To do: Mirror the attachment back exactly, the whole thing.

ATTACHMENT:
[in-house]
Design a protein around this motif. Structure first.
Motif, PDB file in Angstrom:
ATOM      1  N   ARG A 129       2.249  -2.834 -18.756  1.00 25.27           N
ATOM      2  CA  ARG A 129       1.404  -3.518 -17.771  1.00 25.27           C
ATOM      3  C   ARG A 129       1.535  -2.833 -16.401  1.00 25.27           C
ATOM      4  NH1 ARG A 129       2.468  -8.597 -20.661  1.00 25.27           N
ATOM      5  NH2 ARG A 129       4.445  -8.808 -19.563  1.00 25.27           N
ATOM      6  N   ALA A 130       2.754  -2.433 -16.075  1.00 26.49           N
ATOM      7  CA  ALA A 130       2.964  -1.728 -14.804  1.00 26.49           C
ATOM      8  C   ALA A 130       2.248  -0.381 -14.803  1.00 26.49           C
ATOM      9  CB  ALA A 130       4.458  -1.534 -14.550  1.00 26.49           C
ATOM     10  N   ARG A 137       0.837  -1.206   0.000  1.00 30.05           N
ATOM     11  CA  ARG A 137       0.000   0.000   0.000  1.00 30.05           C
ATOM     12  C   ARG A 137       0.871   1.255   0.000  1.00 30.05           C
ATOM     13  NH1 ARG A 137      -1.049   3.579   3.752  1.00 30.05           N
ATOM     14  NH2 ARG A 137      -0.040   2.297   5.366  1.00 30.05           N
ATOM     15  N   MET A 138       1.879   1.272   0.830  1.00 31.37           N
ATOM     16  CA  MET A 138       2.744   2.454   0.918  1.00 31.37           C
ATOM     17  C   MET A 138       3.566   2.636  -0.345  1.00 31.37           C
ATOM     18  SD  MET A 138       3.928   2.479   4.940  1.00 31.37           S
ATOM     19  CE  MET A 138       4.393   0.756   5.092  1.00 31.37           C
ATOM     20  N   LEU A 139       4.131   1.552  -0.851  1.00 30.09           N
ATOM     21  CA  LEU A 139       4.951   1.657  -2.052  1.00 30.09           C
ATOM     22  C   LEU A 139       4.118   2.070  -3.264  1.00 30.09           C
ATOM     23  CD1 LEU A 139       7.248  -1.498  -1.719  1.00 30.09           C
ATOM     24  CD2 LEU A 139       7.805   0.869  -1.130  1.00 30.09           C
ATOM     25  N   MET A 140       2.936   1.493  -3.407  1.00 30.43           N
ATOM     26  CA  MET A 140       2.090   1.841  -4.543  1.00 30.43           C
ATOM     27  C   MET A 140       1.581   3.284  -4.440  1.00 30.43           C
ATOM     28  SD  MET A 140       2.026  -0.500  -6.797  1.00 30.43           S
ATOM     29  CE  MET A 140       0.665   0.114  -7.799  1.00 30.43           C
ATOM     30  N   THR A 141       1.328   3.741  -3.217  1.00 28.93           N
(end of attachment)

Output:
[in-house]
Design a protein around this motif. Structure first.
Motif, PDB file in Angstrom:
ATOM      1  N   ARG A 129       2.249  -2.834 -18.756  1.00 25.27           N
ATOM      2  CA  ARG A 129       1.404  -3.518 -17.771  1.00 25.27           C
ATOM      3  C   ARG A 129       1.535  -2.833 -16.401  1.00 25.27           C
ATOM      4  NH1 ARG A 129       2.468  -8.597 -20.661  1.00 25.27           N
ATOM      5  NH2 ARG A 129       4.445  -8.808 -19.563  1.00 25.27           N
ATOM      6  N   ALA A 130       2.754  -2.433 -16.075  1.00 26.49           N
ATOM      7  CA  ALA A 130       2.964  -1.728 -14.804  1.00 26.49           C
ATOM      8  C   ALA A 130       2.248  -0.381 -14.803  1.00 26.49           C
ATOM      9  CB  ALA A 130       4.458  -1.534 -14.550  1.00 26.49           C
ATOM     10  N   ARG A 137       0.837  -1.206   0.000  1.00 30.05           N
ATOM     11  CA  ARG A 137       0.000   0.000   0.000  1.00 30.05           C
ATOM     12  C   ARG A 137       0.871   1.255   0.000  1.00 30.05           C
ATOM     13  NH1 ARG A 137      -1.049   3.579   3.752  1.00 30.05           N
ATOM     14  NH2 ARG A 137      -0.040   2.297   5.366  1.00 30.05           N
ATOM     15  N   MET A 138       1.879   1.272   0.830  1.00 31.37           N
ATOM     16  CA  MET A 138       2.744   2.454   0.918  1.00 31.37           C
ATOM     17  C   MET A 138       3.566   2.636  -0.345  1.00 31.37           C
ATOM     18  SD  MET A 138       3.928   2.479   4.940  1.00 31.37           S
ATOM     19  CE  MET A 138       4.393   0.756   5.092  1.00 31.37           C
ATOM     20  N   LEU A 139       4.131   1.552  -0.851  1.00 30.09           N
ATOM     21  CA  LEU A 139       4.951   1.657  -2.052  1.00 30.09           C
ATOM     22  C   LEU A 139       4.118   2.070  -3.264  1.00 30.09           C
ATOM     23  CD1 LEU A 139       7.248  -1.498  -1.719  1.00 30.09           C
ATOM     24  CD2 LEU A 139       7.805   0.869  -1.130  1.00 30.09           C
ATOM     25  N   MET A 140       2.936   1.493  -3.407  1.00 30.43           N
ATOM     26  CA  MET A 140       2.090   1.841  -4.543  1.00 30.43           C
ATOM     27  C   MET A 140       1.581   3.284  -4.440  1.00 30.43           C
ATOM     28  SD  MET A 140       2.026  -0.500  -6.797  1.00 30.43           S
ATOM     29  CE  MET A 140       0.665   0.114  -7.799  1.00 30.43           C
ATOM     30  N   THR A 141       1.328   3.741  -3.217  1.00 28.93           N